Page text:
This morning, John Key conceded some of his loudest and most persistent critics are right – about one thing at least. Tim Murphy was there to watch the Prime Minister change tack.
John Key this morning conceded the government is not spending enough on the nation’s most vulnerable.
In the midst of a political winter dominated by homelessness and inequality, it is quite some concession. His comments came at a fundraising breakfast on Auckland’s North Shore for De Paul House, a provider of emergency housing for families. During his speech he floated greater targeting to help vulnerable children earlier, using existing data to guide the government’s ‘investment approach’ to welfare spending. He even mentioned “to be blunt, profiling mechanisms” to help the targeting to change lives before problems become intractable.
His comments came at the sharpest of the sharp end of Auckland’s housing crisis – to a fundraising breakfast this morning for De Paul House, which has in the year to date provided 31 families up to 14 weeks of “transition” housing before finding them a stable home. It is 20 percent state funded, with the balance coming from private sources.
It was as sceptical an audience on housing policy as a National politician is likely to find, but Key confronted the homelessness issue head-on.
“There are many and varied reasons for it. The responsibility to try to resolve it has to rest with the Government, which has the resources of the public. I do not think we can shy away from that,” he said.
“This year we will spend about $10.4b on the most vulnerable New Zealanders. The question occurs: Is it enough? And the answer I think is ‘no’.”
It wasn’t an apologetic, mumbled no, either, but said with emphasis. He outlined three policies his administration is pursuing to remedy that:
* Disposing of housing assets in parts of New Zealand where demand is low (to community housing providers) and recycling that cash to acquire more properties in Auckland
* Extending income related rents, where tenants pay a maximum of 25% of their incomes on housing and the government pays the rest, beyond Housing New Zealand and to the new community housing providers
* Renewable tenancies, where instead of the ‘tenancy for life’ concept, ‘we ask people to move, respectfully and not too far away’ if they use one room of a 3 bedroom home. Key also raised the prospect of introducing rules for new ‘granny flats’ to be built on the back of Housing New Zealand sites so older tenants could stay while new families took the bigger home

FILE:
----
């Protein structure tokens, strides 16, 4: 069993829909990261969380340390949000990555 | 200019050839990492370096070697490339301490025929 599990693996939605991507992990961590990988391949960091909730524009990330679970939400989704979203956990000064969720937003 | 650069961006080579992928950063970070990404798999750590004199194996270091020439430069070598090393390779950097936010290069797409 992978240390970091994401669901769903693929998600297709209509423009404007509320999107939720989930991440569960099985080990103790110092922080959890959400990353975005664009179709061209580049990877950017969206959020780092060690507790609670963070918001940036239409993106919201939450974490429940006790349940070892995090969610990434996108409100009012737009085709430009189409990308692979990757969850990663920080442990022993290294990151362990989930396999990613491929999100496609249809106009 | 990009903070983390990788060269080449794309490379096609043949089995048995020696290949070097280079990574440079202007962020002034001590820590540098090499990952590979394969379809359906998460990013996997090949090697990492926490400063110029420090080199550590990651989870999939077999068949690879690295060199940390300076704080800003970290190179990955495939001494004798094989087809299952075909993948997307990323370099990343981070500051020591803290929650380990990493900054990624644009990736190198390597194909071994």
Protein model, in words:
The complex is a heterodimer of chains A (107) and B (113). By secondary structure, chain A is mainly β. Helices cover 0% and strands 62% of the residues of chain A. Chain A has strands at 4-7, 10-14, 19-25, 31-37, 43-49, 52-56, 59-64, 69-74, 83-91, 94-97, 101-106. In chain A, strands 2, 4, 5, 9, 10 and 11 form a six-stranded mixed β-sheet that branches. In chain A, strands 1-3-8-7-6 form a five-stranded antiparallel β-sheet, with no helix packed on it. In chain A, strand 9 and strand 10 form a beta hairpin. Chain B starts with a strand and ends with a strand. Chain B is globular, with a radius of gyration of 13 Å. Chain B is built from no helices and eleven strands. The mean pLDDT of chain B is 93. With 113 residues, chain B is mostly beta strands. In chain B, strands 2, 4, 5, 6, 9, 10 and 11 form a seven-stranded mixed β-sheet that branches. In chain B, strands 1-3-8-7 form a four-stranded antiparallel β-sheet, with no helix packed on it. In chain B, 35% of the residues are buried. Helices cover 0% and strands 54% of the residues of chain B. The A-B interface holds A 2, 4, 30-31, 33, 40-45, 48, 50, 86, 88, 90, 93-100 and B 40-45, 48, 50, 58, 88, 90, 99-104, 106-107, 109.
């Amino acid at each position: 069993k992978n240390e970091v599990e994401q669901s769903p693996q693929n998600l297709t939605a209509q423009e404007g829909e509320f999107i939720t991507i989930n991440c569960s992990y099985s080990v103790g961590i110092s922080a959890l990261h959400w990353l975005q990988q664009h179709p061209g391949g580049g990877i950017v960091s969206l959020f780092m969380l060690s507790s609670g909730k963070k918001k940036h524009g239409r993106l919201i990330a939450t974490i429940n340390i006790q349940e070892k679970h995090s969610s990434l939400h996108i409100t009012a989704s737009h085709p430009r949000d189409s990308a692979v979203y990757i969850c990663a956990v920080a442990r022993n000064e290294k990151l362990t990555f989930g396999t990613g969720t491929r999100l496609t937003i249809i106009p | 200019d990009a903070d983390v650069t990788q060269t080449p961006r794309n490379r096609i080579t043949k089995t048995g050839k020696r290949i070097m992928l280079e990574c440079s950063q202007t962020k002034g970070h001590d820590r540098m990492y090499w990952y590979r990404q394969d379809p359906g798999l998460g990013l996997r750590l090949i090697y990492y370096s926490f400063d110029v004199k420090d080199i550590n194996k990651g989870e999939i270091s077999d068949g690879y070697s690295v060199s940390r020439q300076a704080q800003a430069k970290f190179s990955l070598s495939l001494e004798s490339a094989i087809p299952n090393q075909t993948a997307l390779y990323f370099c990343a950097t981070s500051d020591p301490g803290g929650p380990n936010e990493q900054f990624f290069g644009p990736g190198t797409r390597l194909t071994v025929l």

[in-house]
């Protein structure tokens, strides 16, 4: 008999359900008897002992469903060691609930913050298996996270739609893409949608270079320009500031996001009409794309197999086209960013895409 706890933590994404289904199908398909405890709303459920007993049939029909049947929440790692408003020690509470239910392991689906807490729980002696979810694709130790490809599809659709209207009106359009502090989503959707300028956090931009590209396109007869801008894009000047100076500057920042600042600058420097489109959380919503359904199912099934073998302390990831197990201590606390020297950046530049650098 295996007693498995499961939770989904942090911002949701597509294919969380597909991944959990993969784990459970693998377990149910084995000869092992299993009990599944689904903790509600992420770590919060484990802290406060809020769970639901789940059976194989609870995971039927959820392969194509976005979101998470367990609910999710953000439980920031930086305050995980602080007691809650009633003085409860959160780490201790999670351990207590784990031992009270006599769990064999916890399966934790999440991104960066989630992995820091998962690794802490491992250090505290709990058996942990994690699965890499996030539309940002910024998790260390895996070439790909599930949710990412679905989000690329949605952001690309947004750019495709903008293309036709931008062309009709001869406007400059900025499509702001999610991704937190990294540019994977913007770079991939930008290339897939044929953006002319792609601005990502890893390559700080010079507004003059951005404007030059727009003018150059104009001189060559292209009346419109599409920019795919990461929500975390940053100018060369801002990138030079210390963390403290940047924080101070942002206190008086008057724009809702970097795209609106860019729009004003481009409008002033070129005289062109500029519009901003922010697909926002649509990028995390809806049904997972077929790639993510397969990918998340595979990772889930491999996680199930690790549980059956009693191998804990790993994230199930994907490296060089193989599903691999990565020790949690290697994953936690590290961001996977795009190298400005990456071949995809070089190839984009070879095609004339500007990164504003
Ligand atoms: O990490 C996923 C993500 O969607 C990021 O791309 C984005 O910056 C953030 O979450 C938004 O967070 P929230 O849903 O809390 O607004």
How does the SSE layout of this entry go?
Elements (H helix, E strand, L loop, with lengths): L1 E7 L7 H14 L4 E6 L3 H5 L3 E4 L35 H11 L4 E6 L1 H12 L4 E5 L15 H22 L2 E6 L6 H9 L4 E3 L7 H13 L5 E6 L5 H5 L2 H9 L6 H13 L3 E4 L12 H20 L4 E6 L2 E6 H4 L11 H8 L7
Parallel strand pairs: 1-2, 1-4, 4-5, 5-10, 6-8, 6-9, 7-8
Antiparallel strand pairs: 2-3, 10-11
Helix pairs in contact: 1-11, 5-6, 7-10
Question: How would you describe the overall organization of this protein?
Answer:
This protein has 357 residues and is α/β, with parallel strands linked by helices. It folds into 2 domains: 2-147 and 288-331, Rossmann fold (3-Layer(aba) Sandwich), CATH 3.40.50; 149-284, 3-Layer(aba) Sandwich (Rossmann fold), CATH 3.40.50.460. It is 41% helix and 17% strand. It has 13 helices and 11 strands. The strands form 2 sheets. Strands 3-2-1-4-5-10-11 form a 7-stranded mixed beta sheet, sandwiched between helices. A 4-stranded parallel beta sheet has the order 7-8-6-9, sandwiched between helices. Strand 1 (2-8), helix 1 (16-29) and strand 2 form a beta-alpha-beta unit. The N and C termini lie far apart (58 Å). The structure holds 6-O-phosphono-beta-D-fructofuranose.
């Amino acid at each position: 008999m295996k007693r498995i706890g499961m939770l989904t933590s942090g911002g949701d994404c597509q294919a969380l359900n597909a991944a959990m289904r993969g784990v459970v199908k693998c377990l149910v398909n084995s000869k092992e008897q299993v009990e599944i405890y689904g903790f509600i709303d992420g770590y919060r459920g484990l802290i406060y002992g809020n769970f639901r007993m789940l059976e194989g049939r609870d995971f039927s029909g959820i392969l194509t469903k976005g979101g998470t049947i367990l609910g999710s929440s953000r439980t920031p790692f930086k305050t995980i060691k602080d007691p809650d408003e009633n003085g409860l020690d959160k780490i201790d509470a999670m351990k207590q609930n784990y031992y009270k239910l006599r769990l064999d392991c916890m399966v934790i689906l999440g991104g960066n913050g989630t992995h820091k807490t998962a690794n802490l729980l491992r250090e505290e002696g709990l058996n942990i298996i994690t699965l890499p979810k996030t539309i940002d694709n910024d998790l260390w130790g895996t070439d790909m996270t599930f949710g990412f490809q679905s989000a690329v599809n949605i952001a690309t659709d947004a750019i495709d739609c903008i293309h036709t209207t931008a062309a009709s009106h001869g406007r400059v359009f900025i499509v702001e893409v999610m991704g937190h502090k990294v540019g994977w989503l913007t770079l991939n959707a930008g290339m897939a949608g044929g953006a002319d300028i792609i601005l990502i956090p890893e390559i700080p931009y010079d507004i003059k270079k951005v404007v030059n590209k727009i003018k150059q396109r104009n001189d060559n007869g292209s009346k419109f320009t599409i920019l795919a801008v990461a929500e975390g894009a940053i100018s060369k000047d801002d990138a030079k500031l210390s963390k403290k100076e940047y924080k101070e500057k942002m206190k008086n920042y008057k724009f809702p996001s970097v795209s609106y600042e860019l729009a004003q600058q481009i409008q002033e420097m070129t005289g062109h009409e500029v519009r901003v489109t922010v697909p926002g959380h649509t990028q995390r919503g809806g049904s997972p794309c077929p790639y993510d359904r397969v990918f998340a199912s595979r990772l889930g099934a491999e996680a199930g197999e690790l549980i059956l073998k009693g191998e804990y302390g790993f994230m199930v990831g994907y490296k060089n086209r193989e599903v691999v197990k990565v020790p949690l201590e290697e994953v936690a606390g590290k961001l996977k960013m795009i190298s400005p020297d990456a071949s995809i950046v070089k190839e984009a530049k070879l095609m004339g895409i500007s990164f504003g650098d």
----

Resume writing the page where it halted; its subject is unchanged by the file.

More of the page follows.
He said Auckland’s housing issue needed “creative thinking”, and that all big centres – like London, Melbourne and Sydney – had similar issues. “We can’t do it on our own,” he said.
Non-governmental organisations (NGOs) often had far better contact and engagement with homeless people than Work and Income and people could feel more comfortable dealing with them, Key said.
He cited the Dunedin longitudinal study findings that the most vulnerable 20 percent of its cohort had the biggest instances of ACC claims, school absences, welfare receipts, incarceration and referrals to Child and Family.
“That 20 percent inevitably tied up a lot of resources and needs, for a variety of legitimate reasons.’
Using data to target spending early is one solution, he said. “Can we understand, to be blunt, through profiling mechanisms, how to do that? It will cost the Crown a lot more money up front but on top of that obviously deliver far better outcomes.’
“That’s the challenge in the modern world. You have to invest up front and get much better results later.”
In response to an audience question on finding cross-party support to help the vulnerable, Key said National and its opponents sometimes “just take a different view on things”. He used the review of CYFS as an example of the parties not seeing eye to eye.
“CYFS historical view is that a placement of a child should be with the family or extended family. Little Jimmy is 3, the mother can’t cope with the child, there’s a live-in boyfriend beating the kid and CYF take the child and give it to the old aunt, 75 and living in a far flung part of the country. Aunty might not be a position to deal with the child but that’s what CYF does.
“My personal view is and I agree with the report, it should be Child First. If a child goes to another family who are in a far better position to deal with the kid, that is better.”
Key toured De Paul House after the breakfast. They talk of a visit to the facility as being a “conversion experience” – but they’d already managed to get the Prime Minister to say, in public, that more needs to be spent and done.
And that was the elephant in the overcrowded car and bedroom…